“It’s an exciting way to do this, we can support and protect each other rather than just raid each other.” – Ted Gumbart ASUN Commissioner/CCSA President
The ASUN is going in a new direction that its commissioner says will build its membership options and offer flexibility to current and hopefully new member institutions. Ted Gumbart, ASUN commission talked with CollegeAD about in essence combining with a league it already has a connection with.
Gumbart is also the president of the Coastal Collegiate Sports Association that includes colleges in men’s and women’s swimming and beach volleyball. He announced this week that seven members of the ASUN will be invited to join the CCSA in all sports effective July 1, 2023.
We researched the confidentially for a year,” he said. “As we did our research it just became apparent that we could build a conference that grew and could split into two groups. If the market dictates that there could be another football conference in the Southeast then it’s a very limited group that could provide that option and we are in a position that we could provide that option. And we would only do it if all of our members end up in a stronger position.”
“Part of it was do we want to expand the ASUN? And is there a rationale that we should go to 12 for divisional alignment because we do have a broad geographic footprint. We talked about the possibility of different schools desiring to become part of the ASUN and that one of the major dynamics was football. Another one was growth. But if you’re not a growing institution then exposure in Nashville, Jacksonville, Atlanta, South Florida, those are tremendous markets, but if those aren’t growing University that’s not where you will receive value. Our own expansion leads to those two things, growth, and accommodating football.”
Current ASUN schools Liberty, North Alabama, Stetson, and Kennesaw State have football in other conferences, and Jacksonville just dropped their program.
“During the course of discussions,” he explained, “it became apparent that football was one of the major issues we need to address. We are so proud to have a Big South partnership in football but if we can grow that total membership in football to 12 members and we could have two football leagues. That’s where we said let’s go explore the options.”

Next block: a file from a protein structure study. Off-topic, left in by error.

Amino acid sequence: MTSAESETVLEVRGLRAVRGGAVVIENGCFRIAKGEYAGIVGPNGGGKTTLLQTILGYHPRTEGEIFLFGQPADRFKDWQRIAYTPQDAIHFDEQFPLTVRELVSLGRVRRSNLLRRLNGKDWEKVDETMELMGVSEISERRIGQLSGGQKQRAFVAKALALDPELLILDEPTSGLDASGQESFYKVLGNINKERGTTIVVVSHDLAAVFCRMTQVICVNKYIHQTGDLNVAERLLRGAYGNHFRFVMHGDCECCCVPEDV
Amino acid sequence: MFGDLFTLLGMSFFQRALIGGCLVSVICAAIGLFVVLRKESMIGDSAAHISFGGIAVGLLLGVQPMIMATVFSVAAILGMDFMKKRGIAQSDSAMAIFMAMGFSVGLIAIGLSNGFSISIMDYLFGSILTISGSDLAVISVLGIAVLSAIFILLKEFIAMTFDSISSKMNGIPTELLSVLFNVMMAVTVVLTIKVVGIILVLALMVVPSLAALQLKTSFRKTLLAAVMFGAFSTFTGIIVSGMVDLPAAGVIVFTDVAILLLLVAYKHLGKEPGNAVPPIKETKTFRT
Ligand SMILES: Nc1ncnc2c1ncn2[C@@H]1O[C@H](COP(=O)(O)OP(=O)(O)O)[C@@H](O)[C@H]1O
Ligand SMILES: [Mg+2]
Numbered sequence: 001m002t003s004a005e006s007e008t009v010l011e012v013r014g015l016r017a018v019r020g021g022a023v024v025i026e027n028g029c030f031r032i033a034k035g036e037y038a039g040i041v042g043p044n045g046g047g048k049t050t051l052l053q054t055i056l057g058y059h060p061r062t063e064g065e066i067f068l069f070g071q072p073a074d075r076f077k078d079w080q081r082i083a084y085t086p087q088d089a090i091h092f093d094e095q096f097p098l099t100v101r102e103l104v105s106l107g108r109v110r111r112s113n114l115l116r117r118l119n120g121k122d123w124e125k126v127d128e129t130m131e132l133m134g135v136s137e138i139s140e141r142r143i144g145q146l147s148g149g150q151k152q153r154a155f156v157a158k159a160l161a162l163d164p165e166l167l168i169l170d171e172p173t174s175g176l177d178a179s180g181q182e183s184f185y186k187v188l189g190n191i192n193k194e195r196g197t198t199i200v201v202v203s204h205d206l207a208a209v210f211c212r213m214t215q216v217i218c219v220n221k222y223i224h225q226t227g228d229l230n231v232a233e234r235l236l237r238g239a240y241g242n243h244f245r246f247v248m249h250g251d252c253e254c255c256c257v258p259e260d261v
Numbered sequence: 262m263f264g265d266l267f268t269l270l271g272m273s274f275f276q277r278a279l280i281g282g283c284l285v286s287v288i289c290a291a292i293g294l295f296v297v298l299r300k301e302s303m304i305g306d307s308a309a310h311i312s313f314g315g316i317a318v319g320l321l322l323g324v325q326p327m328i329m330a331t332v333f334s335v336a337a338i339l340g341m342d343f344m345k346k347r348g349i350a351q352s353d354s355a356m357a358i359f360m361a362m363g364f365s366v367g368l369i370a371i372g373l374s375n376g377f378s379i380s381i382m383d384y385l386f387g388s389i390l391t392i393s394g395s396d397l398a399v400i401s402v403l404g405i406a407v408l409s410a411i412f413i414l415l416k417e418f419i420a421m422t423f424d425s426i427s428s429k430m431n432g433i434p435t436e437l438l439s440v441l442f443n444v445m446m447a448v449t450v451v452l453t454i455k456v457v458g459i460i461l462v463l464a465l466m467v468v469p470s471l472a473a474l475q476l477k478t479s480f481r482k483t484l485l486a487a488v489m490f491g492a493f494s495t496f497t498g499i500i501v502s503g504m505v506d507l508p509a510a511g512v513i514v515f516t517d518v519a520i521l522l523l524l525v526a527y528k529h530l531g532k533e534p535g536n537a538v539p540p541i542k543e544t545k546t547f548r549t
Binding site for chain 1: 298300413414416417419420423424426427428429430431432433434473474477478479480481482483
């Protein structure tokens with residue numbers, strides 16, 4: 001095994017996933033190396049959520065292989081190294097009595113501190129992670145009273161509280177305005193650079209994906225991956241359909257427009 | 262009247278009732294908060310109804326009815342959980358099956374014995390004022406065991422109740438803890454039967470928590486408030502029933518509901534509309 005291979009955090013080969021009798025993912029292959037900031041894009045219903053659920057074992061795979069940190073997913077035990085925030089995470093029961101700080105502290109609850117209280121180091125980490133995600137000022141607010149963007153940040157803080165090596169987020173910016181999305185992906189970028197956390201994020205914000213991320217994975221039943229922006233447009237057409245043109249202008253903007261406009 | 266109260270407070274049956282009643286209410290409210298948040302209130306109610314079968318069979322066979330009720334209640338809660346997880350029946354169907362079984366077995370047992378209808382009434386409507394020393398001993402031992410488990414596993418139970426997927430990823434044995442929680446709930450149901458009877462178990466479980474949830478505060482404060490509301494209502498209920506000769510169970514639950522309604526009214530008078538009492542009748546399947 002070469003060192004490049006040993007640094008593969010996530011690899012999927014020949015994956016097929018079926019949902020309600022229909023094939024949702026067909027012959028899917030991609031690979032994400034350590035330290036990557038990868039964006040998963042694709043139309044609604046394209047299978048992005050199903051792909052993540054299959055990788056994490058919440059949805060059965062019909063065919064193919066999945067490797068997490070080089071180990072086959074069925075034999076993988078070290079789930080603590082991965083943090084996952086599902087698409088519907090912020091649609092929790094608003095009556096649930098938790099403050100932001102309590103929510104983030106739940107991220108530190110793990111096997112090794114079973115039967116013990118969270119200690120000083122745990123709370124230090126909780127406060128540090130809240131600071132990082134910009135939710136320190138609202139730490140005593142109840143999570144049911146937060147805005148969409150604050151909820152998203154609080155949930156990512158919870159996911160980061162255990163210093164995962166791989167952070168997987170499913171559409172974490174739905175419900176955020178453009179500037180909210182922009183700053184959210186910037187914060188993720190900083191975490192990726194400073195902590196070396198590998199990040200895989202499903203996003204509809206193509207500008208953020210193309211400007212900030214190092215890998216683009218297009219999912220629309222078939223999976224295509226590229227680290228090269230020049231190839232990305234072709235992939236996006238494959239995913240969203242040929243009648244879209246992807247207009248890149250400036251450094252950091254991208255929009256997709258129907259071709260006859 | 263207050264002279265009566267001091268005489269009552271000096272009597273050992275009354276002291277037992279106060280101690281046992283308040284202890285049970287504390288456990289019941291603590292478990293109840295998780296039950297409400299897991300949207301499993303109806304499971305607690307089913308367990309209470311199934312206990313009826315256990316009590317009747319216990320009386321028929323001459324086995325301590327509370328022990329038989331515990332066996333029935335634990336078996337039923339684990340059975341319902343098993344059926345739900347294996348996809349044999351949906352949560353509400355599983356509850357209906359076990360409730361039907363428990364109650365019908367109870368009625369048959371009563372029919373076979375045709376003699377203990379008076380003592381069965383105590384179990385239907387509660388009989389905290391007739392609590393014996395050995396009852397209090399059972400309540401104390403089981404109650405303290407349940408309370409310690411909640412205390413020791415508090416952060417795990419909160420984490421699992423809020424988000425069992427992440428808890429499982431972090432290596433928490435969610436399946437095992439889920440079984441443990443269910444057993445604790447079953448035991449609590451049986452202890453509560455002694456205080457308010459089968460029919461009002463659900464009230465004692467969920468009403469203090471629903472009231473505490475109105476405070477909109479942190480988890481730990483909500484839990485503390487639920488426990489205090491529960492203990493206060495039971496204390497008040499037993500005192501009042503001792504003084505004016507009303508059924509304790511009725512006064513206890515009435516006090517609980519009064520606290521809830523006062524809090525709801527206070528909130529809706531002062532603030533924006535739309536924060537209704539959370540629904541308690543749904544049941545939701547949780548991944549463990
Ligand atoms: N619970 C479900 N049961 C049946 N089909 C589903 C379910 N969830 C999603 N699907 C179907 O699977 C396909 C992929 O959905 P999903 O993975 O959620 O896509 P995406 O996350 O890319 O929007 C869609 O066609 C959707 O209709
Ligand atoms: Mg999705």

Of the current ASUN schools, Liberty is a Division I-A (or Football Bowl Subdivision) independent. North Alabama and Kennesaw State are in the Big South Conference for football, while Stetson is in the Pioneer League. The latter three are all Football Championship Subdivision (formerly I-AA) teams.
The plan is to make a legislative proposal to the NCAA membership to recognize the CCSA as a “core conference.” If that happens, then the CCSA would be eligible for automatic qualification for NCAA championships, and that opens the door for expansion, which also is part of the plan.
And the expansion could go as high as a total of 20 schools, but Gumbart isn’t ready to name names just yet.
“We’ve deliberately and definitively stated we are not going to talk school names. But of course, that’s part of the last year’s dialogue. There is evidence in our research that the market will receive this. Not 100% sure, but enough to make this announcement.”
While he’s not 100% sure about how it will be received this past year has given him a great indication that this proposal could fill a greater need.
“We worked on this confidentially for a year so we are not just throwing it out there. We have done market research and we have reason to believe that this is a viable option and we wanted to put the NCAA on notice that this is our plan because we will not be able to execute new member agreements unless we can promise the delivery of these opportunities.” He continued, “If we can build an option in the market, then schools are free to explore and select that option. The market will determine whether or not this ultimately happens. But we have done significant research to know that this is a viable economic model, it’s a viable academic model, it’s a viable athletic model, but it has to be a viable institutional model for schools to buy-in. That means it has to serve the students and it has to serve the institution.”